The call makes no sense if Finkelstein thought Higgins was only involved in a security breach, so proof of the call would require this trusted adviser to fall on his sword – not only for knowing more than claimed but for concealing the call.
There is also the clear suggestion that having been dismissed, the alleged rapist was parachuted into a plumb lobbying job while the cover-up intensified, also at The Guardian:
The department which oversees parliament house has confirmed incident reports after the alleged sexual assault of former Liberal staffer Brittany Higgins in 2019 were not handed to police until two weeks after the incident.
Guardian Australia has been told the security incident report from the Department of Parliamentary Services was withheld initially from the Australian federal police, despite multiple requests, and was only provided after the police escalated inquiries.
Higgins has alleged she was assaulted in Linda Reynolds’ ministerial office on the night of 22 March by a more senior colleague. The former staffer told Guardian Australia she gave an informal statement to police at parliament house on 27 March after disclosing her recollections to Reynolds’ then-chief of staff the previous day.
Those discussions prompted the termination of the alleged perpetrator’s employment. The Guardian can reveal he had “at least two detailed references” when he later went for a job with a Sydney-based public relations and registered lobbyist firm in the months after the attack.
Higgins said when she spoke to police at parliament house on 27 March they already seemed to have information about events on the night of the alleged assault. “They were filling in blanks for me,” she said, which made it “a strange” but supportive conversation at a traumatic time.
But she said when her complaint went to the sexual assault and child abuse team in Belconnen, police there conveyed the impression there was stonewalling from parliamentary officials about handing over relevant material.
…Reynolds has denied she wrote a reference for her ex-staffer and says she has had no further contact with him following his termination. But she would not say on Thursday whether senior staff in her office provided any references.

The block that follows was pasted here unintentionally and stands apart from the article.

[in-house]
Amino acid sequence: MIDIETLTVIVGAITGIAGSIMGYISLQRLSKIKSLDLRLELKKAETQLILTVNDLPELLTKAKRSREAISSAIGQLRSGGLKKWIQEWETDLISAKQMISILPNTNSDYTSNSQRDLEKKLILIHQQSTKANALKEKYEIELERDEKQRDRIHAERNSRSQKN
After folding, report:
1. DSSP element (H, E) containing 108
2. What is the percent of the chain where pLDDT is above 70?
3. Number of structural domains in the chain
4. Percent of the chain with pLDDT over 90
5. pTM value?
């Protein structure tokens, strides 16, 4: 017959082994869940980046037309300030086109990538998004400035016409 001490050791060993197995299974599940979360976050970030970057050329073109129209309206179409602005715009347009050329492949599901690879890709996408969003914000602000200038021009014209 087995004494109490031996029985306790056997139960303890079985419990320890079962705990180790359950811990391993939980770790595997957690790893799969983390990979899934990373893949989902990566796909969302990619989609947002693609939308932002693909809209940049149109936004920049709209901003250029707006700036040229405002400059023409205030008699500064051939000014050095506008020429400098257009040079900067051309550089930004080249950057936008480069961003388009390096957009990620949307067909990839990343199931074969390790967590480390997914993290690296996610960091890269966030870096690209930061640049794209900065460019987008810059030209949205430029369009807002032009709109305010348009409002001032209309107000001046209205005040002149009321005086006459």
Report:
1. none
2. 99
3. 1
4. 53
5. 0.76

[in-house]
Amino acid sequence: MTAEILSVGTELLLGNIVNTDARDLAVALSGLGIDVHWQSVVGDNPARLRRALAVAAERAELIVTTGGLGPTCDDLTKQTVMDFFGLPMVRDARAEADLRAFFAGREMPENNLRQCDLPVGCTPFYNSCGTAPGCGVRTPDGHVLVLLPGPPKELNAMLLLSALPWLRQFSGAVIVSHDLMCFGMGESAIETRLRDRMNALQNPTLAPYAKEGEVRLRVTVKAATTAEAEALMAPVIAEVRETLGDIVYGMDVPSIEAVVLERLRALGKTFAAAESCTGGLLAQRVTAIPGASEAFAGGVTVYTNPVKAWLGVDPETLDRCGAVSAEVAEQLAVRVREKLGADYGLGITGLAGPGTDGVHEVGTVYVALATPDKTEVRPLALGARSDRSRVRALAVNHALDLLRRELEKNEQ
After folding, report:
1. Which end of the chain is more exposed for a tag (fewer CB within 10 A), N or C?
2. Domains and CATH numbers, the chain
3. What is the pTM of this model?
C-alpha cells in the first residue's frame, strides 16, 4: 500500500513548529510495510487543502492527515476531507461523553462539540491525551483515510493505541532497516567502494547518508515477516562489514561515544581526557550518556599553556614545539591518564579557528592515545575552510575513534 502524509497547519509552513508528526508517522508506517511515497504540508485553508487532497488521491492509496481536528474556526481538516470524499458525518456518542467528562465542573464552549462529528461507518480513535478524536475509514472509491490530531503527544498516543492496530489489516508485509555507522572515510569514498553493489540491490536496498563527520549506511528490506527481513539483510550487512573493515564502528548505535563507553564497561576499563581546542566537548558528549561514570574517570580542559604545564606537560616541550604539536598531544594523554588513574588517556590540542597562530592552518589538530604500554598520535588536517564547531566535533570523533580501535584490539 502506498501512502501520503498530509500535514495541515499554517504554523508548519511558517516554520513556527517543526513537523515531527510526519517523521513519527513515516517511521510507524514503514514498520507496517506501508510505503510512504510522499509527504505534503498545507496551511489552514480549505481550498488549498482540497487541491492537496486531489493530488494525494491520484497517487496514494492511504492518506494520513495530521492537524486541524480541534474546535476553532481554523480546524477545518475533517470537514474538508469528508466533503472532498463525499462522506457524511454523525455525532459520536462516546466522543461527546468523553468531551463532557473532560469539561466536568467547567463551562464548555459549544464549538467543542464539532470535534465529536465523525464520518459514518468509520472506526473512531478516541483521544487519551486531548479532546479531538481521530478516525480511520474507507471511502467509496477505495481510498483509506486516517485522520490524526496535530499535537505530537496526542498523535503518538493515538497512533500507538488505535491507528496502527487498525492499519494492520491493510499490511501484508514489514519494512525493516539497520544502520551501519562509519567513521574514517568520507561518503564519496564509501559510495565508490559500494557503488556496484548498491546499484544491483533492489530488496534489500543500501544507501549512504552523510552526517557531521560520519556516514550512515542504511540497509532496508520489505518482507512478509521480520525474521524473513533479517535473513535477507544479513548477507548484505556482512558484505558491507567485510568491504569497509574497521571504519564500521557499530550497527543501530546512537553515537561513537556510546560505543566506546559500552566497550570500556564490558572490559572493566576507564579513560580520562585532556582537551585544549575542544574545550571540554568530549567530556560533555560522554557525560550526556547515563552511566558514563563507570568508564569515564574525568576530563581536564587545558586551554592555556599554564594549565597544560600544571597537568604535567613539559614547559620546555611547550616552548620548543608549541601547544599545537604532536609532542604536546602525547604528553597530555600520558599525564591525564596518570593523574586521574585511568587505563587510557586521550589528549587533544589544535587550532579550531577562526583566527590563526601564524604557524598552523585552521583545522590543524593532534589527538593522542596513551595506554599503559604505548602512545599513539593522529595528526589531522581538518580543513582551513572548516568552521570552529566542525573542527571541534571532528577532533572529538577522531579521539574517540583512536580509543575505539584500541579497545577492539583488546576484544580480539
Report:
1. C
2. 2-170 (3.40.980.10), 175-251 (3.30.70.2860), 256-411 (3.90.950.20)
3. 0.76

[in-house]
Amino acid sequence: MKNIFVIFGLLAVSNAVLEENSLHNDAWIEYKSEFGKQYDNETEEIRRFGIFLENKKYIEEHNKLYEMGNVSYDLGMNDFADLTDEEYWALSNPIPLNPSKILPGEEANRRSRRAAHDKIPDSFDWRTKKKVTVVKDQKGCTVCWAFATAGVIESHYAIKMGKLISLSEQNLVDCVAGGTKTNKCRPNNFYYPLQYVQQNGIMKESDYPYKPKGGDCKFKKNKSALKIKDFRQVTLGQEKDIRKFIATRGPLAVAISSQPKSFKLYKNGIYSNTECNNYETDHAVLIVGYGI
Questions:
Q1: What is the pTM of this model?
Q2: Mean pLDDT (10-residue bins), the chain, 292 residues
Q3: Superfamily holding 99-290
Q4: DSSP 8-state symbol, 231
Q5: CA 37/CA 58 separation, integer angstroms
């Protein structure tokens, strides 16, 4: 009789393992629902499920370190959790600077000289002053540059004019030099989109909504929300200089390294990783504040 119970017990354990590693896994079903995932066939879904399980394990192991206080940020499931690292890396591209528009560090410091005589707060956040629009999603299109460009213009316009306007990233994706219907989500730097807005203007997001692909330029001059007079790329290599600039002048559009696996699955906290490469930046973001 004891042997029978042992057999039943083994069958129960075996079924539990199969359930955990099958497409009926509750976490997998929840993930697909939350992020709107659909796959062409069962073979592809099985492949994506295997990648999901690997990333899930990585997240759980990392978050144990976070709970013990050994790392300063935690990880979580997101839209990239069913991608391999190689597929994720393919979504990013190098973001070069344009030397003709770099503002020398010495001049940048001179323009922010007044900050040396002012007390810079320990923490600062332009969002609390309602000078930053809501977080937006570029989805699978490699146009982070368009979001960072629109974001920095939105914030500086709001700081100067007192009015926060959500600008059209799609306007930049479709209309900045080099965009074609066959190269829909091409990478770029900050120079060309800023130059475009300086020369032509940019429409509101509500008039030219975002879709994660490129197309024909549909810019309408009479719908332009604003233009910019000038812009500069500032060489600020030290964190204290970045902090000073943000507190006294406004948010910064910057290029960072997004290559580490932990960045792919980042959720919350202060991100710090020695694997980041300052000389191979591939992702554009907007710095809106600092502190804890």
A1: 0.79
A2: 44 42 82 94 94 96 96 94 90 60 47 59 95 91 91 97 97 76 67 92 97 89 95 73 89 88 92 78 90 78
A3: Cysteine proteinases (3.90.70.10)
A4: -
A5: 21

So far, there has been no accountability. Senator Linda Reynolds, whose office was the scene of the alleged crime, who had it steam cleaned before any evidence could be collected and then interviewed Ms Higgins in the same office, is still all over the place with the timelines of who knew what when.
If she can’t handle something as important as this with probity, process and legal standing in a timely manner then she has to be sacked. No doubt PM Morrison is letting a head of steam develop before he does so in the hope that that will relieve the pressure cooker and bury the issue. In other words, it’s more disgraceful politicking.
And that goes to the heart of what is wrong with our PM. The dissociative behavior so obvious to fire victims has expressed itself again. This time it is in horrendous judgement and ethics indistinguishable from malevolence. Under PM Morrison, parliament has developed catastrophically diffused responsibility, as well as collapsed chains of command and accountability structures such that it is no longer possible to balance the needs and interests of an individual versus the group.
This is no way to run a democracy. It is how to run a mafia. It is a fatal breakdown of public service ethos that runs from the alleged criminal treatment of one Australian to an open violation of the interests of every Australian.
There is only one appropriate course of action now. Prime Minister Scott Morrison must resign.